DTP programs are similar to a vector-based drawing application. However, instead of objects, each document or layout contains one or more frames. These can be text frames or graphic frames. As in a drawing application, these items can be resized, moved or rotated.

The working environment is often in the form of a pasteboard. The centre of this area is occupied by the page (or pages) that you’re currently working on, shown complete with margins. To create a frame you click on the appropriate tool and then click and drag to create a box of the required size.

Traditionally, DTP applications have a separate story editor window for creating textual material. Once you’ve finished editing in this window you can flow the contents into a frame. If the text is too long for a single frame you can link it to a second frame and flow the text across both of them.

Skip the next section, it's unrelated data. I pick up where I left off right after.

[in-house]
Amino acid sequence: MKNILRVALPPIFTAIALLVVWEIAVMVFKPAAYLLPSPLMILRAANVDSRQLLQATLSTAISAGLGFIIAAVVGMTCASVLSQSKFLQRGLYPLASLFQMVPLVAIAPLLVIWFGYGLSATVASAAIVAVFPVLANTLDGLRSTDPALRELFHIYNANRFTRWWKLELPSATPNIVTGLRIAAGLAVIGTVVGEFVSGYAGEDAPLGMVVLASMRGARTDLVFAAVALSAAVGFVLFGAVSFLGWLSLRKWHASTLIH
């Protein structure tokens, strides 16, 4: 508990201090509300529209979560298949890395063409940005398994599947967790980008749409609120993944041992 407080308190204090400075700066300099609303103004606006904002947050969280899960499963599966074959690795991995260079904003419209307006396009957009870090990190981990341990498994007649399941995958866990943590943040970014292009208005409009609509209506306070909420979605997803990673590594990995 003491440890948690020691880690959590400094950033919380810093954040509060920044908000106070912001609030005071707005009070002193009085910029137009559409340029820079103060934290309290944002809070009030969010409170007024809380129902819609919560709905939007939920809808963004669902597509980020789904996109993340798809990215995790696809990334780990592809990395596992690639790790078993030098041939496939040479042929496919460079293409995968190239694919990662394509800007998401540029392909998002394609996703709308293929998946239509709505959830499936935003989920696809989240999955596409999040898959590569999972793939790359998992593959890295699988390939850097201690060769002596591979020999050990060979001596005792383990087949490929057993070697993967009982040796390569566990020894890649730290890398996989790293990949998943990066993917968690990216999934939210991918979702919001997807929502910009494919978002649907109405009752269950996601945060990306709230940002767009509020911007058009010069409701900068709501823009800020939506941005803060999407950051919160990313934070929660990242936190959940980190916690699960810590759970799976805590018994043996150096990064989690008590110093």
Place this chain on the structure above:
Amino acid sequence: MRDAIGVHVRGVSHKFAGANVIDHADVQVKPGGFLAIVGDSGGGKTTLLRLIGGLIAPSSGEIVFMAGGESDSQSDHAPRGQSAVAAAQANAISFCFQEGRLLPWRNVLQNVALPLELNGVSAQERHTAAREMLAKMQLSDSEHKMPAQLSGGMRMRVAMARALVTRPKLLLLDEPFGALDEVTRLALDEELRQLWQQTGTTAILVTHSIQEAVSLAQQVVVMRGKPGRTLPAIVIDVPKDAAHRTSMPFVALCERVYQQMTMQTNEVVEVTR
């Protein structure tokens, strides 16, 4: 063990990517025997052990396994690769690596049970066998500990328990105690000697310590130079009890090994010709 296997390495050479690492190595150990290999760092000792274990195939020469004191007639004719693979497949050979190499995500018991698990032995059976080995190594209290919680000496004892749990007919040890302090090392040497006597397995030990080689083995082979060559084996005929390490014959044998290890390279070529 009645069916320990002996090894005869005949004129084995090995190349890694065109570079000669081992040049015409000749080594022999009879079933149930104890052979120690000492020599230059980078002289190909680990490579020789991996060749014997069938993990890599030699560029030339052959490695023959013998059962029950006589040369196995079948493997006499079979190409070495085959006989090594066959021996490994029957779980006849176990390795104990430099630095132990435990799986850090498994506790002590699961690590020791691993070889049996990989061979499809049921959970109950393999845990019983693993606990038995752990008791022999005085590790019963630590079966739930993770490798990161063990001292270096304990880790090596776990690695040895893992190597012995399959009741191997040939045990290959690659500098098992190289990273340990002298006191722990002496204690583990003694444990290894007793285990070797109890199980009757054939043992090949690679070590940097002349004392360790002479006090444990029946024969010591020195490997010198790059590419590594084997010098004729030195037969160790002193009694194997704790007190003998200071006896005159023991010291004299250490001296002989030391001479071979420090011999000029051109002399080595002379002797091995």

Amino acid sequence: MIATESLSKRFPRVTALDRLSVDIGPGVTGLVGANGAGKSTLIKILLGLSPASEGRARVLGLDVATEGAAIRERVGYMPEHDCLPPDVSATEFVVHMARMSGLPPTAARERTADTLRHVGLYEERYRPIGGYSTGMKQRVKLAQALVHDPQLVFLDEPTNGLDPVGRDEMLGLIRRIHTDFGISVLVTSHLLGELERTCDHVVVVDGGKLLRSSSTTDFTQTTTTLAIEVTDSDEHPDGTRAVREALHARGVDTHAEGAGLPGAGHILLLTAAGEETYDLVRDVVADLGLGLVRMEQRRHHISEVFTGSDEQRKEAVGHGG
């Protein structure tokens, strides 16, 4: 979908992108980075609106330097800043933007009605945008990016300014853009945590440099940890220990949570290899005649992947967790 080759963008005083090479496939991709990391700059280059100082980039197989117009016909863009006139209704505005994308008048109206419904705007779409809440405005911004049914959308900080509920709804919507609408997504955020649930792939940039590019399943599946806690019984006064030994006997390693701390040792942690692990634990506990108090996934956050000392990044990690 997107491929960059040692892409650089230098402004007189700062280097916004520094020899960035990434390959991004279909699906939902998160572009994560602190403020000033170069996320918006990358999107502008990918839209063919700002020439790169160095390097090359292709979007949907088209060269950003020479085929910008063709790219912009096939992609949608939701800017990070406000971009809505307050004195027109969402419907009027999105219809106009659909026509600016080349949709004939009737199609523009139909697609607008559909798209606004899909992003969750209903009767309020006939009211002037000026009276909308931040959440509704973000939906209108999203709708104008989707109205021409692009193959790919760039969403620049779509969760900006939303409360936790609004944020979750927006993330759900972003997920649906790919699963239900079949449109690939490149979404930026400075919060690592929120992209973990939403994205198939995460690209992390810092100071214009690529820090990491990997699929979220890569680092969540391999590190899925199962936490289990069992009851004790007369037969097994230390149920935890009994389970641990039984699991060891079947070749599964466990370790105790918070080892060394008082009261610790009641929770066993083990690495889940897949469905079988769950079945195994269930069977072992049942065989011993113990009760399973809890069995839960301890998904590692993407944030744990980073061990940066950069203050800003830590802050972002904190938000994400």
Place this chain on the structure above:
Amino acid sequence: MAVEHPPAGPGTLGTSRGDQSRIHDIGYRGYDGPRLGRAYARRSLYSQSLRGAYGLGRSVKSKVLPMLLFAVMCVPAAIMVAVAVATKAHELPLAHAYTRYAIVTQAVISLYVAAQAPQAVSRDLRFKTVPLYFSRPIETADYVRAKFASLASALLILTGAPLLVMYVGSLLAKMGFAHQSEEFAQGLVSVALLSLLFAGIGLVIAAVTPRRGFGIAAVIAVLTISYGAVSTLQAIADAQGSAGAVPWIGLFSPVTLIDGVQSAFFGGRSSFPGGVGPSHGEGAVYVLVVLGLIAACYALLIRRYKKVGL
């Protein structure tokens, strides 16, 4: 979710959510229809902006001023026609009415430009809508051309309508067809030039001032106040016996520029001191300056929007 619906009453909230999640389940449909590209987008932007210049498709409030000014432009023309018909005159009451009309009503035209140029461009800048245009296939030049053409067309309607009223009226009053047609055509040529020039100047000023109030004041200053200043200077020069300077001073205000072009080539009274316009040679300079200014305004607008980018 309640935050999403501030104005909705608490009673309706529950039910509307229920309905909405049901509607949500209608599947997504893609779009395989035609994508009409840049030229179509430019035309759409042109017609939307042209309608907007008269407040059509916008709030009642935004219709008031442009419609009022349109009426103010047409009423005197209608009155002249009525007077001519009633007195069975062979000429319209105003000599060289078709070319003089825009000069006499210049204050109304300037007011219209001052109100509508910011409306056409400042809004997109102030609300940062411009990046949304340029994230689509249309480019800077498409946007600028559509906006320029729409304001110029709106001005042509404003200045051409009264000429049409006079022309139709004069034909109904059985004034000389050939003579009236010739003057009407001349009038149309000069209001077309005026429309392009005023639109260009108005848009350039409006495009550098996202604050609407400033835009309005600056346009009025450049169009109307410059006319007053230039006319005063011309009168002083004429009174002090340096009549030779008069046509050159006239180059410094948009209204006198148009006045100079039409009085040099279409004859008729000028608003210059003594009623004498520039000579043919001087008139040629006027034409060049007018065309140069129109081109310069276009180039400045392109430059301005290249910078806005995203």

The content of a graphic frame can be embedded in the document or linked to a separate graphics file, usually in the form of an EPSF or TIFF document. Embedded graphics ensure that the images are always in the file, although this can make a DTP document very large. Linked graphics don’t make the file any bigger, although such graphics are lost if the original files are deleted or relocated.

PostScript in its original form can’t print transparent objects, so all images are opaque, hiding what’s in the background. Fortunately, many applications get around this by using a lens tool or transparency tool that renders the transparent object and uses this to create new PostScript object.

DTP Files

Numerous file formats are used, many of which are only recognised by their parent applications. The following section only provides information on PostScript-based files and other generic documents, together with their filename extensions and Classic Mac OS type codes.